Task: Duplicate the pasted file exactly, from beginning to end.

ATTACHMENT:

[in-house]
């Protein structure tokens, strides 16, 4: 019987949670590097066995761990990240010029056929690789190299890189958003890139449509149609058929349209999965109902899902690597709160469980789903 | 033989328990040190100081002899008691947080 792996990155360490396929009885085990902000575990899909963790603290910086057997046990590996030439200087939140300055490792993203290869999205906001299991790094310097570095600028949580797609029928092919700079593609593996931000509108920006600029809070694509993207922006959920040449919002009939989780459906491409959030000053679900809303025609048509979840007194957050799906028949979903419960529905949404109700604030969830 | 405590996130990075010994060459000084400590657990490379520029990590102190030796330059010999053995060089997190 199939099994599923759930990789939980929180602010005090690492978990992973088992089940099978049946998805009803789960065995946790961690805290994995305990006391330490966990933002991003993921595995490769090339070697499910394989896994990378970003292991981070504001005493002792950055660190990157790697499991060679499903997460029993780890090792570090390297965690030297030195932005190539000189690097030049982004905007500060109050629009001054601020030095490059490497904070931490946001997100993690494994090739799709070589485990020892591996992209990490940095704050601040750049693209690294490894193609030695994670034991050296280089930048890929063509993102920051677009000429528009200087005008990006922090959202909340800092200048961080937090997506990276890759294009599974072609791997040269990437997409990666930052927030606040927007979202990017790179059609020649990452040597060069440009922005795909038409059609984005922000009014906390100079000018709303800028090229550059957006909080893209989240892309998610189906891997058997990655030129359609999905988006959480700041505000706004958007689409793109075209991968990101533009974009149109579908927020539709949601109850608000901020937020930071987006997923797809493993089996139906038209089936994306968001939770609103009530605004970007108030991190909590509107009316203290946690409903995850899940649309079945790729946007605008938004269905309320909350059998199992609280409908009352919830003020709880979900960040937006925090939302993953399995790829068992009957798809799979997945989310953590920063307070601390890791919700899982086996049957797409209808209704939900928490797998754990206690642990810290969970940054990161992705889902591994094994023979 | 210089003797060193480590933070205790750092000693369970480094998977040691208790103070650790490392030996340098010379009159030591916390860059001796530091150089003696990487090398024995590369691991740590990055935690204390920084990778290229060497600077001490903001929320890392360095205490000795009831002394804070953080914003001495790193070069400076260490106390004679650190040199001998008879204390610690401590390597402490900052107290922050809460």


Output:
[in-house]
């Protein structure tokens, strides 16, 4: 019987949670590097066995761990990240010029056929690789190299890189958003890139449509149609058929349209999965109902899902690597709160469980789903 | 033989328990040190100081002899008691947080 792996990155360490396929009885085990902000575990899909963790603290910086057997046990590996030439200087939140300055490792993203290869999205906001299991790094310097570095600028949580797609029928092919700079593609593996931000509108920006600029809070694509993207922006959920040449919002009939989780459906491409959030000053679900809303025609048509979840007194957050799906028949979903419960529905949404109700604030969830 | 405590996130990075010994060459000084400590657990490379520029990590102190030796330059010999053995060089997190 199939099994599923759930990789939980929180602010005090690492978990992973088992089940099978049946998805009803789960065995946790961690805290994995305990006391330490966990933002991003993921595995490769090339070697499910394989896994990378970003292991981070504001005493002792950055660190990157790697499991060679499903997460029993780890090792570090390297965690030297030195932005190539000189690097030049982004905007500060109050629009001054601020030095490059490497904070931490946001997100993690494994090739799709070589485990020892591996992209990490940095704050601040750049693209690294490894193609030695994670034991050296280089930048890929063509993102920051677009000429528009200087005008990006922090959202909340800092200048961080937090997506990276890759294009599974072609791997040269990437997409990666930052927030606040927007979202990017790179059609020649990452040597060069440009922005795909038409059609984005922000009014906390100079000018709303800028090229550059957006909080893209989240892309998610189906891997058997990655030129359609999905988006959480700041505000706004958007689409793109075209991968990101533009974009149109579908927020539709949601109850608000901020937020930071987006997923797809493993089996139906038209089936994306968001939770609103009530605004970007108030991190909590509107009316203290946690409903995850899940649309079945790729946007605008938004269905309320909350059998199992609280409908009352919830003020709880979900960040937006925090939302993953399995790829068992009957798809799979997945989310953590920063307070601390890791919700899982086996049957797409209808209704939900928490797998754990206690642990810290969970940054990161992705889902591994094994023979 | 210089003797060193480590933070205790750092000693369970480094998977040691208790103070650790490392030996340098010379009159030591916390860059001796530091150089003696990487090398024995590369691991740590990055935690204390920084990778290229060497600077001490903001929320890392360095205490000795009831002394804070953080914003001495790193070069400076260490106390004679650190040199001998008879204390610690401590390597402490900052107290922050809460």